Medical research

Stem cells and more: How dentists of the future may fix your teeth

The next time you lose a tooth, could your dentist just grow you a new one? Not yet, but research at USC brings dentists a step closer. Here are a few ways Herman Ostrow School of Dentistry of USC scientists could revolutionize ...

Tooth

Teeth (singular tooth) are small whitish structures found in the jaws (or mouths) of many vertebrates that are used to tear, scrape, and chew food. Some animals, particularly carnivores, also use teeth for hunting or defense. The roots of teeth are covered by gums. Teeth are not made of bone, but rather of tissues of varying density and hardness.

Teeth are among the most distinctive (and long-lasting) features of mammal species. Paleontologists use teeth to identify fossil species and determine their relationships. The shape of the animal's teeth are related to its diet. For example, plant matter is hard to digest, so herbivores have many molars for chewing. Carnivores, on the other hand, need canines to kill prey and to tear meat.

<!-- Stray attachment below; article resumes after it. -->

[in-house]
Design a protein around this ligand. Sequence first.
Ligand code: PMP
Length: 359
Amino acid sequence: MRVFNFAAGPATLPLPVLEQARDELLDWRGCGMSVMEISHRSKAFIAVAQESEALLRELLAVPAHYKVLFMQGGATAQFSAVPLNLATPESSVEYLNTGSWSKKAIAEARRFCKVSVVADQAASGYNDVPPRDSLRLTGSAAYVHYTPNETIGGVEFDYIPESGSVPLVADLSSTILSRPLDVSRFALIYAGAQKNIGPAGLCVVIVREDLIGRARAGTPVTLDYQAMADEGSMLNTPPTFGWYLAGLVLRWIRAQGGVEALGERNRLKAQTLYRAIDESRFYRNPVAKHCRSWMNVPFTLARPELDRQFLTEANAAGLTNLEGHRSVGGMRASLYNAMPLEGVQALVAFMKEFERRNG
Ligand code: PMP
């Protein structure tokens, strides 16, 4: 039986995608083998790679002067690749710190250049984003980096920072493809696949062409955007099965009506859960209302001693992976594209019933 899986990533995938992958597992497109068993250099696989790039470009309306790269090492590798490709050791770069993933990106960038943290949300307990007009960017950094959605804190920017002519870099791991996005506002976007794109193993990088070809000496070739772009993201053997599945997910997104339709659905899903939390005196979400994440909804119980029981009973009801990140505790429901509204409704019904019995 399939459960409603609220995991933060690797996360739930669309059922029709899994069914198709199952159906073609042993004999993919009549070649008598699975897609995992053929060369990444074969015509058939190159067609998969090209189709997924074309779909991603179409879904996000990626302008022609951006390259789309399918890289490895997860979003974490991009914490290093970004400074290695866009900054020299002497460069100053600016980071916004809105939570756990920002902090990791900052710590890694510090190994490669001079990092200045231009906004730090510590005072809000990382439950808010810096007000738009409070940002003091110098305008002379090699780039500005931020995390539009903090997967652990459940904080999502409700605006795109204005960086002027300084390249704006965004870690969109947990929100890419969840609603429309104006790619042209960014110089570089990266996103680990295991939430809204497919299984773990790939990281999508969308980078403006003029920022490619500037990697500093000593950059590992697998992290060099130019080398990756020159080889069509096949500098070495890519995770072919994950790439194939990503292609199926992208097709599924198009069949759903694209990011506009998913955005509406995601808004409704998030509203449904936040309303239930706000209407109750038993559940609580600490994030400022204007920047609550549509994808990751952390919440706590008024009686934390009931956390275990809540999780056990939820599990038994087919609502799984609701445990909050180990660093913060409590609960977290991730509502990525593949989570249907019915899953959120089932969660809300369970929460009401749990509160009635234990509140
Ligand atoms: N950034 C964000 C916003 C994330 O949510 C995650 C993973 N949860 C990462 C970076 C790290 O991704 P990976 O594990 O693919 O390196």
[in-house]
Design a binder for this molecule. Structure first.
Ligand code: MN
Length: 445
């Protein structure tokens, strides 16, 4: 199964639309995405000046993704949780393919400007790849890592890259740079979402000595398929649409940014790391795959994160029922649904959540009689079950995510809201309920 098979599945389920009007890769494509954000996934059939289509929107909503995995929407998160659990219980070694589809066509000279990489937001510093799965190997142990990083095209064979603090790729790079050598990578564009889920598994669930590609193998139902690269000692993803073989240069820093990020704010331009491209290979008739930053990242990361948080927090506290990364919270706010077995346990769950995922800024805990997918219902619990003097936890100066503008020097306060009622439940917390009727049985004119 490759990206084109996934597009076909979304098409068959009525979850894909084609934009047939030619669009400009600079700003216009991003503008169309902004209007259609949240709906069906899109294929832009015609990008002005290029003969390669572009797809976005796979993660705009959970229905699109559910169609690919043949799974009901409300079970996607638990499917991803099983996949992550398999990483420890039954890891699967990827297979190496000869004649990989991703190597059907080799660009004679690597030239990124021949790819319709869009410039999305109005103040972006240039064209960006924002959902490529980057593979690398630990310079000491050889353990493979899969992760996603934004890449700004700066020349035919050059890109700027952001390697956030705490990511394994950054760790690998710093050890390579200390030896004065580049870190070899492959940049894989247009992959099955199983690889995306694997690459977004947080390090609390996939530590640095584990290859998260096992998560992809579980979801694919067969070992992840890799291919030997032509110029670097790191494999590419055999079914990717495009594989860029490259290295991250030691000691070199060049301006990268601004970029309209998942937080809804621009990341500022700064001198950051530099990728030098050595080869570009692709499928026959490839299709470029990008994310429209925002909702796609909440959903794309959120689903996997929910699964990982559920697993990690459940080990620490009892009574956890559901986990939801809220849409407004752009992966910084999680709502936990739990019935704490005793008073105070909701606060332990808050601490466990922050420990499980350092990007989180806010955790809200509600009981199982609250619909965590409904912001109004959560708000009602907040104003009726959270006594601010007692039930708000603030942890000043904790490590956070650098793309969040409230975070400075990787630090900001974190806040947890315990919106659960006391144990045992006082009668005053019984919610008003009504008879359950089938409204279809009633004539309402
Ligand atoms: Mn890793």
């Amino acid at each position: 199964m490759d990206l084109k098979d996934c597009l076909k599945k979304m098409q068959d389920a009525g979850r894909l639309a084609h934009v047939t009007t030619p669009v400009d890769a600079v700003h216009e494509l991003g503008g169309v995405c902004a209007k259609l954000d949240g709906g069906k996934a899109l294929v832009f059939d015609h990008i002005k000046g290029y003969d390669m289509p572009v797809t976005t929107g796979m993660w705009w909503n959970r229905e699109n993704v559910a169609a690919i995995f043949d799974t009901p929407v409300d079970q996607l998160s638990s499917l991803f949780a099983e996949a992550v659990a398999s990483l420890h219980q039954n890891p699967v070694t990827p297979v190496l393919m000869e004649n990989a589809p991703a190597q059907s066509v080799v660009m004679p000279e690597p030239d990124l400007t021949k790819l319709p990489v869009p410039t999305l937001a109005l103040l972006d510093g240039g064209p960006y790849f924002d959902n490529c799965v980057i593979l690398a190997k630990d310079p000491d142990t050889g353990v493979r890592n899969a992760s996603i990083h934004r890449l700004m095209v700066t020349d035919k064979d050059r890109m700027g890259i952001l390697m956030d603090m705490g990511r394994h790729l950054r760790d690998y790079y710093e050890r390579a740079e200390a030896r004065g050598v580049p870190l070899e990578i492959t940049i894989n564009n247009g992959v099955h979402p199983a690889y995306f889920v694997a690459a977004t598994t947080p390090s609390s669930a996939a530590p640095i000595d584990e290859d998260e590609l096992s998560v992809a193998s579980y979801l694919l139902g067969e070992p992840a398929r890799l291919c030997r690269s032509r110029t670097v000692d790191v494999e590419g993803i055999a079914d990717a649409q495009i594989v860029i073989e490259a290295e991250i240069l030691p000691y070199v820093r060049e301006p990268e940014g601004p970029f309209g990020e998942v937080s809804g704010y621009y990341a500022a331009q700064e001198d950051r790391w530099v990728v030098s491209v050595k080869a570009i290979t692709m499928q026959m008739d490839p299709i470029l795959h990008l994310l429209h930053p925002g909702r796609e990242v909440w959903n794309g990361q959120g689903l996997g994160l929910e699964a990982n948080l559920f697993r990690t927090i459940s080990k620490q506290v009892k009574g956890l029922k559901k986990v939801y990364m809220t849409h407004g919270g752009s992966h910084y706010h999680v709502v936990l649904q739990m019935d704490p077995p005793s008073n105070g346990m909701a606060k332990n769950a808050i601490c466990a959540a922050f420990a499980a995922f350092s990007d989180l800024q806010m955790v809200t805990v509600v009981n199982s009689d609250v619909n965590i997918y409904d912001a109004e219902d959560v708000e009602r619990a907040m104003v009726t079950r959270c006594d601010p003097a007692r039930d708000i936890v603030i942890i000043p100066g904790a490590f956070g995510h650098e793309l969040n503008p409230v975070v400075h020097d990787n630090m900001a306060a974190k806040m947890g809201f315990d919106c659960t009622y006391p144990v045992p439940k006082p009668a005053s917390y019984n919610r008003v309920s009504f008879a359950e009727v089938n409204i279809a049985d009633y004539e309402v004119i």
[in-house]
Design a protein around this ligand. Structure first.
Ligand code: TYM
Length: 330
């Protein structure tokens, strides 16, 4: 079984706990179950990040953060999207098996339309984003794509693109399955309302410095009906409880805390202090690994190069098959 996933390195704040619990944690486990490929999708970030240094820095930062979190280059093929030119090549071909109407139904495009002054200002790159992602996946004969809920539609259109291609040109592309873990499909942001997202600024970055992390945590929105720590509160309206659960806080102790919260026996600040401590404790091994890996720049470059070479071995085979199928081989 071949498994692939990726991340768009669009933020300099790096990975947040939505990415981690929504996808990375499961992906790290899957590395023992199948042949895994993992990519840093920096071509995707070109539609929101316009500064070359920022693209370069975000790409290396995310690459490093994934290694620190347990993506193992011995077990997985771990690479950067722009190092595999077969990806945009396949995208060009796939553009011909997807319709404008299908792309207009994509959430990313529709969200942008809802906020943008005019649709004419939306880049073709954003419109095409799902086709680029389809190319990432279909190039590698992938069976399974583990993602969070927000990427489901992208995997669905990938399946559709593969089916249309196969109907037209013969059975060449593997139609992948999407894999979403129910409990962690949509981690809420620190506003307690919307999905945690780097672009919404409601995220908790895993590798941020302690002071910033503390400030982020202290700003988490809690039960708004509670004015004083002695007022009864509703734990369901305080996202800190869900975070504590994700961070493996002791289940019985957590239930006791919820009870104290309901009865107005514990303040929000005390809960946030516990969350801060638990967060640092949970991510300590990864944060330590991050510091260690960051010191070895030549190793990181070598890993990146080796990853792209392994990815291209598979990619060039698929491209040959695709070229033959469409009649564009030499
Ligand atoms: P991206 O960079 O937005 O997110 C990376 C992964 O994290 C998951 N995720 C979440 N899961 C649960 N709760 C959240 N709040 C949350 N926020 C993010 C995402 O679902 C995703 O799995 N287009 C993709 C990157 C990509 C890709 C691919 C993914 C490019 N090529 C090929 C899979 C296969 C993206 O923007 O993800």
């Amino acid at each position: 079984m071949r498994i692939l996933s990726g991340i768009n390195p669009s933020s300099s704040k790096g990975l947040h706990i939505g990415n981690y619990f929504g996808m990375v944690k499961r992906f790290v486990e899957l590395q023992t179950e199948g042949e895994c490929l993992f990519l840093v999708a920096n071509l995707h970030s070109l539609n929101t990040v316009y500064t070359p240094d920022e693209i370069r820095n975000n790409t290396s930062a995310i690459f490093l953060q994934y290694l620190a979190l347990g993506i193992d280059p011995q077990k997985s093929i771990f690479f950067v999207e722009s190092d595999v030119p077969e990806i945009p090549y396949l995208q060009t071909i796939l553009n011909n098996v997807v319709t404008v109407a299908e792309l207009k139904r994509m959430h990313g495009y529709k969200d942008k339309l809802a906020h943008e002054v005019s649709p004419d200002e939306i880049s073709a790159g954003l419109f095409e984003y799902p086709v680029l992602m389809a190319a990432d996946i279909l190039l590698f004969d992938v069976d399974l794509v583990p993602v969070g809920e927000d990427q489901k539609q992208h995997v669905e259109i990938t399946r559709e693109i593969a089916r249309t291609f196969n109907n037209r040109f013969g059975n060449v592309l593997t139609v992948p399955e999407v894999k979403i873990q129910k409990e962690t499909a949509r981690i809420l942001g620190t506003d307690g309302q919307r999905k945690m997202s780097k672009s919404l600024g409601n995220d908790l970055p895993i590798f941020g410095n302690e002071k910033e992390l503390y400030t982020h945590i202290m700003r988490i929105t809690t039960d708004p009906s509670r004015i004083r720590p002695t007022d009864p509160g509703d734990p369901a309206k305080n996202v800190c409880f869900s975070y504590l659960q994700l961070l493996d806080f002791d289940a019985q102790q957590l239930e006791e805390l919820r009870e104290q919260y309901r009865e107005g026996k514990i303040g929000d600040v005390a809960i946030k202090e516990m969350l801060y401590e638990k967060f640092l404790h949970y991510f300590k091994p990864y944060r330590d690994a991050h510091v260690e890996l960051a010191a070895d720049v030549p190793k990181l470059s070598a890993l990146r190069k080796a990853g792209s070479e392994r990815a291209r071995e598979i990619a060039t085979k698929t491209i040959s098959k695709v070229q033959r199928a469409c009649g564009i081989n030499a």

Mammals are diphyodont, meaning that they develop two sets of teeth. In humans, the first set (the "baby," "milk," "primary" or "deciduous" set) normally starts to appear at about six months of age, although some babies are born with one or more visible teeth, known as neonatal teeth. Normal tooth eruption at about six months is known as teething and can be painful.

Some animals develop only one set of teeth (monophyodont) while others develop many sets (polyphyodont). Sharks, for example, grow a new set of teeth every two weeks to replace worn teeth. Rodent incisors grow and wear away continually through gnawing, maintaining relatively constant length. Many rodents such as voles (but not mice) and guinea pigs, as well as rabbits, have continuously growing molars in addition to incisors.

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